Sunday, June 23, 2019

More orange stuff - this time out in the wild

Time for yet another instalment of 'things that went past the back fence' in North Wollongong. In this series I dredge up dead and damaged slides from the 1970s, just to show that if you stand in one place long enough the whole world will pass you by.

And so it was with locomotives owned by the company I knew as Australian Iron & Steel - AIS for short.

Lets start with a lesson in physics. Here is two photos of D44 on a short down goods, taken at a time when it was on hire to the NSW Railways in the late 1970s.  The time elapsing between the two photographs can be measured by the time taken to wind on a Praktika ML3, and then reset the focus. There is a little bit of nearly everything in the load.



Another going away shot, this time with double AIS locos nose to nose. Photos taken in this location generally meant that the photographer wasn't paying enough attention to what was happening over the fence, or was too busy having morning tea to get the money shot.


This time the photographer had been on his game, getting a lovely shot of a coke working.  The Victorian and South Australian railway commissioners' wagons add to the character of this working - there is nothing NSWGR about it, apart from the railway lines.. 


I will finish up with the following late afternoon shot, which I may have posted previously but the fresh-painted CHS wagon is so nice it deserves republishing.



Cheers all!
Don

Wednesday, May 22, 2019

A couple from Cowan (& not from me)

Just  quick one to clean out another selection from the camera of Mr Ian Brady.  These two shots apparently date from 24 November 1956 (the alternative offered date is 15 December 1956), and what great photos they are!

This first photo shows 3606 hauling a 4 car Pullman set up Cowan Bank, with what appears to be an EHO trundling behind.  I am always happy for esteemed readers to correct or add to this caption... going out on a limb to guess this could be the up Kempsey Day Train?  Just a stab in the dark but I seem to remember these carriages being used on this service prior to being condemned in 1960.  Glorious shot of a pig in its prime though.



This next shot perhaps eclipses the first? Here we have 3818 on an up Newcastle Flyer service. Gee it would have been something special to be line-side as it passed.



Anyway, this nearly ends my little cache of gems from the lens of Mr Brady.  There are a few more trams around Glebe to sort through, then a special collection of industrial locos in operation around Port Kembla in August 1955.  Will get them sorted and up here as fast as I can.

Cheers,
Don

PS for details on why I am displaying another man's (remarkable) efforts, please read my post from 12 October 2017.

Tuesday, May 14, 2019

Orange was the new black

I have just been digging through the family archives to find a small bunch of photos that I think I may have skipped over previously... and only because the majority are an unsightly orange hue.  I was never much of a fan of the orange locos scuttling around Port Kembla, as they had:
(a) replaced those cute Porters 
(b) orange was everywhere in the 60s and 70s when I was growing up 
(c) their Port Kembla abode just stank of sulphur throughout the 60s and 70s and 
(d) the head of the household was always cursing their radios (I am led to believe his electrical skills were the only thing keeping the radios on those locos working!).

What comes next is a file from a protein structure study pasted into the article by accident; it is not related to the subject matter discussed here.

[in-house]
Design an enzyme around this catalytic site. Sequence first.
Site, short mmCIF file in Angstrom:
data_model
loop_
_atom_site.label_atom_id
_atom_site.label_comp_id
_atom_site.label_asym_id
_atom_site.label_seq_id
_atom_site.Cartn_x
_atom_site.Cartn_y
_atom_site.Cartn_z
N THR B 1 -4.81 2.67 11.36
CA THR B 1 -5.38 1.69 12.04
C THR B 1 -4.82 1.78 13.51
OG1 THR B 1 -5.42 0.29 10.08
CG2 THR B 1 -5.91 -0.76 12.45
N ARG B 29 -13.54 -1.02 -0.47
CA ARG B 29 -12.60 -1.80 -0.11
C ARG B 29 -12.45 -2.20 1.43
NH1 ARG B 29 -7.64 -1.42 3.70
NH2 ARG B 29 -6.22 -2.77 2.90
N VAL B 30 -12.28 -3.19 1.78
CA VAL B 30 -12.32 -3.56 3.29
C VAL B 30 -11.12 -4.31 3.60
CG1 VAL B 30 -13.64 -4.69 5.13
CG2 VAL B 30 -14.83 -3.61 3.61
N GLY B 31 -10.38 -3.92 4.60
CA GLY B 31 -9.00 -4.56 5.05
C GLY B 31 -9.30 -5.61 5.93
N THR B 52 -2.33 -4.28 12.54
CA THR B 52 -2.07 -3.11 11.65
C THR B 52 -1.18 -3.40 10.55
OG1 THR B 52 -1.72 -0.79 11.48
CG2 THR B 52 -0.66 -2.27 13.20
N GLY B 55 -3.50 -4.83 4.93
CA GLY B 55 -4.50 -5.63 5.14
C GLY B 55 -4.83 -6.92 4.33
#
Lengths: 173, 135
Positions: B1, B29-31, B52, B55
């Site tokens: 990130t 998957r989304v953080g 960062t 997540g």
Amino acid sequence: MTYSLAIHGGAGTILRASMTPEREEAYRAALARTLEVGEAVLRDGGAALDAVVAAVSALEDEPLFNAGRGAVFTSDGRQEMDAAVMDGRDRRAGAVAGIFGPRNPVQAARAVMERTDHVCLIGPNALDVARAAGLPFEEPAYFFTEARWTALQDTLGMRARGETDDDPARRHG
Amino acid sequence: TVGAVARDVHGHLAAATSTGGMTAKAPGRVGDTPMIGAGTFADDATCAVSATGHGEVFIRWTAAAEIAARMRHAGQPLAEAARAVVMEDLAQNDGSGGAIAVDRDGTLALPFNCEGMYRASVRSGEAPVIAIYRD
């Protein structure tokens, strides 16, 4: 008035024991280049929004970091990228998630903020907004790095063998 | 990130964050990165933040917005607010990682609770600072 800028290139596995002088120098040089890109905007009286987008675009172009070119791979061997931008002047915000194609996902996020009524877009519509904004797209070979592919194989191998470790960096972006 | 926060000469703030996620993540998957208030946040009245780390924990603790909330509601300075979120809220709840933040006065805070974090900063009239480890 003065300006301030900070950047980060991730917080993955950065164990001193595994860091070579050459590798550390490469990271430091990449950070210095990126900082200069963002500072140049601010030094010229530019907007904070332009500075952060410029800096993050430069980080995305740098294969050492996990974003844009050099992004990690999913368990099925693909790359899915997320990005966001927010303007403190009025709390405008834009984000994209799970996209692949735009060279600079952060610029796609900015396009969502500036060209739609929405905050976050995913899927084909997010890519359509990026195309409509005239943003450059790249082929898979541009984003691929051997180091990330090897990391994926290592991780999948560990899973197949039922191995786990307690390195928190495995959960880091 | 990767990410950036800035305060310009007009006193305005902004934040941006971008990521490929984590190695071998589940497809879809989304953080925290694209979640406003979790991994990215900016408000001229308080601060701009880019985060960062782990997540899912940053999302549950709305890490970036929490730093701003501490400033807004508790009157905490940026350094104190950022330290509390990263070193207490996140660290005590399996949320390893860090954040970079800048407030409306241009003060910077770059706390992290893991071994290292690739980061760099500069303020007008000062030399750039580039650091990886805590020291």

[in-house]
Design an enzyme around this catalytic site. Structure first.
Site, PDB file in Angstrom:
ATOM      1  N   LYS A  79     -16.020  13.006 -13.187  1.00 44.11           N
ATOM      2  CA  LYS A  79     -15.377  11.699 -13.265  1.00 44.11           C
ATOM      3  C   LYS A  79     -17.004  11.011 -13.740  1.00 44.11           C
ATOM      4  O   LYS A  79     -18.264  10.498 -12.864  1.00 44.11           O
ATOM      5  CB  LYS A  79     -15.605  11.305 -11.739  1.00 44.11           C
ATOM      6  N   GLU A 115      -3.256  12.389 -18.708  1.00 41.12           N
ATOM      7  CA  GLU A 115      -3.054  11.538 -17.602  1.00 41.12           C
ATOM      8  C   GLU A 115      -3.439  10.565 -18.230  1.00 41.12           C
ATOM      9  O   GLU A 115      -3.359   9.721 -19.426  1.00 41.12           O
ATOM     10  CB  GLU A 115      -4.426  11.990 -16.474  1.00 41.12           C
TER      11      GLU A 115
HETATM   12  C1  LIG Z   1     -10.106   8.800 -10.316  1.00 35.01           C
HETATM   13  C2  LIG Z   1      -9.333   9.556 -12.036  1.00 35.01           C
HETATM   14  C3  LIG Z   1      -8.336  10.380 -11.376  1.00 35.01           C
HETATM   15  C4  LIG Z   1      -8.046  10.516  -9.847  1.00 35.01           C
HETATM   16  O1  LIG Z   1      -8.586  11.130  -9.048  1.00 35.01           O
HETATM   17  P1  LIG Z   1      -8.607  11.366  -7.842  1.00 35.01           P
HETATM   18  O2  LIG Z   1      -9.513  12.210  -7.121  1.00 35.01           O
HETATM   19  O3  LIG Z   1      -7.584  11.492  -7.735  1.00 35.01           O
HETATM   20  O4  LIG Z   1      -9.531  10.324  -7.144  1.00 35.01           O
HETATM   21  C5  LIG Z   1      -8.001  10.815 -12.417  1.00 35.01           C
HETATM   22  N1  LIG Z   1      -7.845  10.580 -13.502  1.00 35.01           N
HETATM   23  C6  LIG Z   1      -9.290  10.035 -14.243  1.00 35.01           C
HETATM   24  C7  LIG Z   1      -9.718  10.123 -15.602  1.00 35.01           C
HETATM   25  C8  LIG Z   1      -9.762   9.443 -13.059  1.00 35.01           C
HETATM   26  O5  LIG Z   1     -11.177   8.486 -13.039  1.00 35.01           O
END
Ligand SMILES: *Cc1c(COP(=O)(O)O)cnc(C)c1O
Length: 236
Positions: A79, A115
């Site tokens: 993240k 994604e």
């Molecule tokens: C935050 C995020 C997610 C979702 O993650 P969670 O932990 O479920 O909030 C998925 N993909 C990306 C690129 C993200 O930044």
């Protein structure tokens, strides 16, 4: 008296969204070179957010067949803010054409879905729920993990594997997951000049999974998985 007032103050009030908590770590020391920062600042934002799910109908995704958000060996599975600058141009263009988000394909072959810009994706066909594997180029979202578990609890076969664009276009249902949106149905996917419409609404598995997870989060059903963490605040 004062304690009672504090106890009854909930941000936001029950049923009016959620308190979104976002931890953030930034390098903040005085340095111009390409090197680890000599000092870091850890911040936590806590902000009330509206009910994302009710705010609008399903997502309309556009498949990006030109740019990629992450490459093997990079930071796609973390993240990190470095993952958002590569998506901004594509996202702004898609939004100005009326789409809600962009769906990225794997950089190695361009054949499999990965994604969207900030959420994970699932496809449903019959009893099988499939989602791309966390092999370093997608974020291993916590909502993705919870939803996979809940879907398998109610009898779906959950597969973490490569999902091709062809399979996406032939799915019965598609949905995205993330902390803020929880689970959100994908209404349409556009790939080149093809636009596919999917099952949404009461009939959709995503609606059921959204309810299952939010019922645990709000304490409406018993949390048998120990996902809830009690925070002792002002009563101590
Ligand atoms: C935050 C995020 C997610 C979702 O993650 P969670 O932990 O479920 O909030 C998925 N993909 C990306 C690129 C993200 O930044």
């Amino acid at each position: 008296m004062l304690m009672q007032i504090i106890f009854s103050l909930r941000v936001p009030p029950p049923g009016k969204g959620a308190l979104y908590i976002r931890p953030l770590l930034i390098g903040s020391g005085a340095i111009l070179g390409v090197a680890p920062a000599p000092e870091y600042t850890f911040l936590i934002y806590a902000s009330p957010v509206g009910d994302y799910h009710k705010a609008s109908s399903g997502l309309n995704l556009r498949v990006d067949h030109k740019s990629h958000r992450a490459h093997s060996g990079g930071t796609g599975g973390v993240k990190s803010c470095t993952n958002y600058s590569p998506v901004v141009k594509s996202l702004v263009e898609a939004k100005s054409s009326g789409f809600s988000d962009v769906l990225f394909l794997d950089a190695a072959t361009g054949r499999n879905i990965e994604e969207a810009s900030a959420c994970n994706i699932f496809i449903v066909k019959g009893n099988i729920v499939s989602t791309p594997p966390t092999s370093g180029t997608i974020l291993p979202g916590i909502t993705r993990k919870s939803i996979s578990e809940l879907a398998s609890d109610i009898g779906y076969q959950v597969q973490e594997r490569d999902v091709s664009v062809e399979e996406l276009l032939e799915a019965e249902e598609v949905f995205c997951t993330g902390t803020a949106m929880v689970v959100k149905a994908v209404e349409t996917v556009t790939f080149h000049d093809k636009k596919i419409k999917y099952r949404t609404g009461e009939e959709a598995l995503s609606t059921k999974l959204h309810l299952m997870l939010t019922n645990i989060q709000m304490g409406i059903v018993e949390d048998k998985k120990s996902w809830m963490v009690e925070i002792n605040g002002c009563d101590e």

But, now, looking back, they were sooo much better than those PB things now scuttling around the works..  So, here's a few snaps... not sure of the dates at all so I am just going to stick them up without a commentary. Lets start with D11 and D36, maybe around 1981.


D6 got into a bingle at some stage, which bent its frame nicely. This was worth two photographs.


In February 2016 I posted a blog showing one side of D6.  Here is the companion shot - showing the other side.


And here is D6 and its slightly younger sister, D7.


Its not all about D6 folks.... here's one of D10 visiting the deceased remains of S 9131.


Class leader had its privileges, like dragging tourists around in near-condemned NSWGR rollingstock. I think this was from 1985 - quite possibly the slowest train chase I ever did.


Five years after that last shot it was D40's turn, with similarly superannuated carriages and no orange paint (we had been through the 80s, after all).


And then everything got painted blue, buildings, locos, certain workers who didn't move fast enough...

Time to sign off!
Don

Tuesday, April 23, 2019

The lost children of Wollongong

The last two posts have been rather sombre affairs so I thought I would take it up a notch before the month is out... this time covering the motley collection of vehicles which seemed to congregate on the eastern (down) side of Wollongong station.  

I had started planning this post with a question - which wagon or carriage are you aware of that stayed in (some sort of) service but remained in the same place for the longest.  I had been thinking the diner parked near platform 15 at Sydney Terminal - it always seemed to be there in the 1970s and 1980s.  I have surprised myself by apparently taking a photo of it (AB91 methinks) in 1981, and then being able to find it for this post.


But I digress, Wollongong. This next shot was taken sometime between March 1961 when the Budds were introduced to the Illawarra, and mid-1965 when steam had disappeared.  The photo was taken from one of Dad's favourite family-dinner-out locations, the top floor of the Sydney Wide Discount store on the corner of Crown Street and Gladstone Avenue.  We got hundreds of chip dinners on the top level of this store, so Dad could snap shots like the following.

From the shadows, I am guessing this was a midday sojourn.  My interest is only for the three vans in the left of the picture, but I guess other readers may be interested in what was squatting around the turntable.  This next shot gives you a better view of its inhabitants.


But I digress once more... back to the vans.  Rolling into 1966, 3014T did a week or so of relief work in the Illawarra whilst the usual 30 tank was serviced.  On dusk on 28 April 1966, 3014T can be seen pulling past one of the more unusual vehicles in the collection.